article on “ Architecture for Rural Schools,” Superintendent F. J. Barnard of Seattle will appear in the August number of the has been re-elected at an increase of $600 a JOURNAL. year salary. Carl C. Nielsen has been appointed a
Judge Fitzgerald of Los Angeles decided
that a Board of Education has a right to demember of tbe County Board of Education of
clare a teacher's position vacant, provided Solano County.
she marries. Prof. H. Clayton has been elected President of the State Normal School at Ashland,
Prof. Earl Barnes was married to Miss Oregon, to succeed W. T. Van Scoy.
Anna Kohler at St. Helena recently. Miss
Kohler is a graduate of S1i) !!! Geo. F. Mack and Miss Alice Gartlin have
and until the end of the school year taught been appointed members of the County
in the Stockton high school. Board of Education of Amador County. Mrs. A. G. Campbell and Mrs. Mabel C.
Prof. Edmund C. Sanford of Clark UniKinney bave been elected members of the County Board of Education of San Diego,
Berkeley. He will lecture daily in the SumCal.
mer School Course, from 9:30 to 10:30, in the
University of California. The City Board of Education of San Franeiseo has abolished the Spring Valley Even- Joaquin Miller, who has been quite a feaning and the Lo Conte Primary Schools. ture at Teachers' Institutes during the past The commercial department has been trans- four years, has gone to China as war correferred from the Polytechnic High to the spondent of the New York Journal, Chicago Mission High. Arrangements are now being American and San Francisco Examiner. He comp'eted for the introduction of manual does not expect to return to the United States raining, sewing and cooking.
until November 1st.
D. A. Mob'ey has been elected principal of Jose Normal; Principal Hayman of Colusa; the Stockton High School, at a salary of Superintendent Foshay, of Los Angeles; Su$2,000 per year. He succeeds F. E. Perbam. derintendent Bingham, and Principal WhitProf. C. C. Van Liew, president of the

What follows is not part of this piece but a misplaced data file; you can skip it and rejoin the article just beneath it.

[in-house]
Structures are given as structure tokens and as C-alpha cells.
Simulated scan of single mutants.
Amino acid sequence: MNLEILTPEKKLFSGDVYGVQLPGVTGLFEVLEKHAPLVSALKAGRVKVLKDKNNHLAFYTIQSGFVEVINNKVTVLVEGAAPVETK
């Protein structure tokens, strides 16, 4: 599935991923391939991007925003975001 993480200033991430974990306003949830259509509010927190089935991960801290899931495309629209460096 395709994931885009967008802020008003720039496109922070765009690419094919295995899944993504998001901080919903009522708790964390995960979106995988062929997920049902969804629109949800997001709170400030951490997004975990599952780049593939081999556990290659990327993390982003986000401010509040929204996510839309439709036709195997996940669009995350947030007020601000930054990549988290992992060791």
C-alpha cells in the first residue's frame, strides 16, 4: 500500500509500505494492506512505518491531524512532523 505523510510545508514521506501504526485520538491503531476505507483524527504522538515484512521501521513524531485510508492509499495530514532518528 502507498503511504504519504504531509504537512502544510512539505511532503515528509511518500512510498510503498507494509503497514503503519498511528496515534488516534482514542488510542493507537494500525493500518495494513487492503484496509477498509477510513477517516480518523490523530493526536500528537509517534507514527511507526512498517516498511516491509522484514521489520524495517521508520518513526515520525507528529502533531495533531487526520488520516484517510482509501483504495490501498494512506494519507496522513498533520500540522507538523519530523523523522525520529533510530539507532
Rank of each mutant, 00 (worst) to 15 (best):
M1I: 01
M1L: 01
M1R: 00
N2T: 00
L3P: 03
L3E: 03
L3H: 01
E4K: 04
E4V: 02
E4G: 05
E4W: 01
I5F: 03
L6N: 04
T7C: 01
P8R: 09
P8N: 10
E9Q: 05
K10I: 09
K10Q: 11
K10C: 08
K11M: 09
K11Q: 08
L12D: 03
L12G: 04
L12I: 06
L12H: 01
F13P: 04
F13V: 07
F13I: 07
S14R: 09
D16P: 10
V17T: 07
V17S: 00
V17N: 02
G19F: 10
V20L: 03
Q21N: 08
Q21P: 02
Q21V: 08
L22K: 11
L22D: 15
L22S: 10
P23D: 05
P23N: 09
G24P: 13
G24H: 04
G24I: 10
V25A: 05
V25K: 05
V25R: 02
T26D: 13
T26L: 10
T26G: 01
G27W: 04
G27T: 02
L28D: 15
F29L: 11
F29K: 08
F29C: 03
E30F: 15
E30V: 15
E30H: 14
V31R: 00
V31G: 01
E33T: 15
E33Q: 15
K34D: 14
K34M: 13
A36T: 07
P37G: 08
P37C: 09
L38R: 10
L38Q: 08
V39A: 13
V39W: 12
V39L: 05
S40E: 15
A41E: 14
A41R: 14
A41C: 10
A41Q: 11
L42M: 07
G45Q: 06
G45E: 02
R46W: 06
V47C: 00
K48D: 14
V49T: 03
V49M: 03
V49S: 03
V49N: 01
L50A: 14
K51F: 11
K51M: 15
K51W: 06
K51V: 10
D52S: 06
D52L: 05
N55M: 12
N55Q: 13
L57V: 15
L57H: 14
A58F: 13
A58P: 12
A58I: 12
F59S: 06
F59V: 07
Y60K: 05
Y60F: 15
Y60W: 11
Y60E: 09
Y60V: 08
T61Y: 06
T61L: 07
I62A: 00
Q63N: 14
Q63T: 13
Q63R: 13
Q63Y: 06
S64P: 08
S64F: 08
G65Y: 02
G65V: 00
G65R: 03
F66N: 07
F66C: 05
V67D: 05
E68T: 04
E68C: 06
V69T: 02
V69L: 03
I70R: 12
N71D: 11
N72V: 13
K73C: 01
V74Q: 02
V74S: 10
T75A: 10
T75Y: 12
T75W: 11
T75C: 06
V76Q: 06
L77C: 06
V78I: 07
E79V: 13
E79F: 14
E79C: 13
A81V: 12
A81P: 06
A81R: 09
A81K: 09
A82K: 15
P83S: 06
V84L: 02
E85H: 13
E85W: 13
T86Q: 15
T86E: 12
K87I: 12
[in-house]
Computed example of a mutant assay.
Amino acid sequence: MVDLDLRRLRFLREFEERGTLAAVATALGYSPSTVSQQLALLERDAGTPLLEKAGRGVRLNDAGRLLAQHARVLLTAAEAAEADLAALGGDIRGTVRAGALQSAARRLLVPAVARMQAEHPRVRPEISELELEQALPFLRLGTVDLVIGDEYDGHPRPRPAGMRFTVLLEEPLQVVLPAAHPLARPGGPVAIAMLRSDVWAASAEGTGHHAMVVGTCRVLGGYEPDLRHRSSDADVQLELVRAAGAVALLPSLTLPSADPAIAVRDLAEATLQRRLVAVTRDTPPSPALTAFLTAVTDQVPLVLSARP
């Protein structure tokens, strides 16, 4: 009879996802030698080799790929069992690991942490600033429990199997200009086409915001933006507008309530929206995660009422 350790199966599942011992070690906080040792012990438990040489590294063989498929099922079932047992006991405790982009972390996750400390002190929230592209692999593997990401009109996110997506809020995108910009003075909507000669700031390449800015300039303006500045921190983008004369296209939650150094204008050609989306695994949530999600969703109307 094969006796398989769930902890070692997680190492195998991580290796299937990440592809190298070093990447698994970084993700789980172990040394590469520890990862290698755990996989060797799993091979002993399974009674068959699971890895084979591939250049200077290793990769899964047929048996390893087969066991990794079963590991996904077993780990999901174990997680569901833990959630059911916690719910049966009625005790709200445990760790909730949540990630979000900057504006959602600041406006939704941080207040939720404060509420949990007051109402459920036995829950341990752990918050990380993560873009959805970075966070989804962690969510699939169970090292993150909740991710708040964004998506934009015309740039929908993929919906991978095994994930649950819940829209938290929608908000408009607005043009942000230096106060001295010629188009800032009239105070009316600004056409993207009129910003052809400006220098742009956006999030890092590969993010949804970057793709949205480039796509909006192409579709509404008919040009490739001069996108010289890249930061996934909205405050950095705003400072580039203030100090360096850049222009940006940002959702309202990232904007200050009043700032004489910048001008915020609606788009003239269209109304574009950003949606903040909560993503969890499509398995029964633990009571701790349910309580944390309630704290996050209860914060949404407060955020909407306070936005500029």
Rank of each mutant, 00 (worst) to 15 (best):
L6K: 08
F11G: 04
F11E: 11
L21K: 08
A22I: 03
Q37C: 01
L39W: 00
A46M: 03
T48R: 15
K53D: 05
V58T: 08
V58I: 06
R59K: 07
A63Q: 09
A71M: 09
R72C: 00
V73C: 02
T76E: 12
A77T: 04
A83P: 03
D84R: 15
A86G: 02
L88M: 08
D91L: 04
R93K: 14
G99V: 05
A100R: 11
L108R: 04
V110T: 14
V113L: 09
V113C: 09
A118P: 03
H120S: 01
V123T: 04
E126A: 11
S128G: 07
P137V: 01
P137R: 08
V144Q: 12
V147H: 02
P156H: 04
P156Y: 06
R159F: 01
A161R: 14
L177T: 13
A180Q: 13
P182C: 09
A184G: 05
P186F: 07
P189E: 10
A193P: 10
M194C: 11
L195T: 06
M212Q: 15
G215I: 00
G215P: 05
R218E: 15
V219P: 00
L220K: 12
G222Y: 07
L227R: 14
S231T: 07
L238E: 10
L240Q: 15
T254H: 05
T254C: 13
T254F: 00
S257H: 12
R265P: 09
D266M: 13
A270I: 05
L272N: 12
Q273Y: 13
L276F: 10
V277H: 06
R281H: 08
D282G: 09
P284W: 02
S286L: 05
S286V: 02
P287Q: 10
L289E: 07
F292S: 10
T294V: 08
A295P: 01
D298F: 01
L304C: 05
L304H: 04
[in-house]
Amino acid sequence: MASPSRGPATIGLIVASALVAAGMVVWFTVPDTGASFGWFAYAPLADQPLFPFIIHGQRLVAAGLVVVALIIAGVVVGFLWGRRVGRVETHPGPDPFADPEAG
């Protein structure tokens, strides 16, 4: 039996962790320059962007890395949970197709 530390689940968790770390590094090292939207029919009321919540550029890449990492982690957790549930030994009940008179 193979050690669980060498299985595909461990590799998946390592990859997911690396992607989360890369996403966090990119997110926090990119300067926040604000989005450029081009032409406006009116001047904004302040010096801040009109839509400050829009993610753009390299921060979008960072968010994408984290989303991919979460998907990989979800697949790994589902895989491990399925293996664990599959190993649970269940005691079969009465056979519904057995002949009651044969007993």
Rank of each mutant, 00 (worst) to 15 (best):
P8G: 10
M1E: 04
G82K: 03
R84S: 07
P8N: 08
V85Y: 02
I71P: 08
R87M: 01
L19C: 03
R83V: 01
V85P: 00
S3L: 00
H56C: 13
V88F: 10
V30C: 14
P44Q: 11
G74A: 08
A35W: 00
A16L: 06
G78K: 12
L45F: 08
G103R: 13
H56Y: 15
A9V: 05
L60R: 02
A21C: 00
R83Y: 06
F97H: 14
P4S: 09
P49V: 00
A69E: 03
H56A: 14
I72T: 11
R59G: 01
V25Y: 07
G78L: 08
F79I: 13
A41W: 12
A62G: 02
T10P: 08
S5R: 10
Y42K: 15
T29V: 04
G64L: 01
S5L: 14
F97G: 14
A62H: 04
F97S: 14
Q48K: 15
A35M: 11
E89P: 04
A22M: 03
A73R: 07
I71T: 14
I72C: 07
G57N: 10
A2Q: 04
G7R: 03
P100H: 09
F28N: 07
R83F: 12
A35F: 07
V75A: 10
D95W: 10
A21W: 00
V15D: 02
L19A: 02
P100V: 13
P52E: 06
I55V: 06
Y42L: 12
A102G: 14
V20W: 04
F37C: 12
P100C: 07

ney of Tacoma, are among those who attended Chico State Normal School, is one of the lec
the N. E. A. from the Pacific Coast. turers at the University of California, Sum- F. H. Leach, deputy superintendent of Pubmer School.
lic Instruction of Washington, has resigned S.D. Waterman, Superintendent of Schools
to accept the superintendency of the schools of Berkeley for the past year, was united
of Chehalis, Washington. Superintendent in marriage to Mrs. Ida Marie Sanor of
Leach bas been identified for many years Alameda on June 20th.
with the educational work in Washington,
and is a progressive and successful educator. W. W. Payne, who was a successful high school principal in San Diego County for a
Superintendent F. H. Plumb, a member of number of years, is now principal of the
the State Board of Education of Washington, schools of Astoria, Oregon.
a man of sterling integrity and progressive
educational views, has been elected to the Madison Babcock, Joseph O'Connor, Rich- principalship of one of the North Yakima ard Faulkner, and J. B. Casserley entertained Schools. He is now serving the second term Superintendent Atkinson during his brief as Superintendent of Schools of Yakima visit to San Francisco, while on his way to County. the Philippine Islands.
P. W. Kaufman, principal of the high Miss Lida Lennon, music and art; Miss school at Ventura, was elected superintenMarie Hall, primary department; Ruth Mery, dent of San Bernardino schools, at a salary grammar department; Mrytle Brown, pri- of $2000 per year. He accepted, but resigned mary department, are the new teachers at in a few days, on account of a newspaper the Chico State Normal.
controversy in San Bernardino in reference
to salary. Principal Kaufman has gradC. C. Adams, at one time a member of the firm of the Whitaker & Ray Co.,a graduate of
ually grown in the estimation of school peo
ple. He has done excellent work at Ventura, San Jose Normal and Stanford University,
and he has done well, not only for himseli, was married recently to Miss Price, a beau
but for the profession of teaching, by refustiful and accomplished teacher of Anderson,
ing to go to a town where there is likely to Shasta County.
be a fight on account of financial support. Captain Howard Ford of Colusa, has been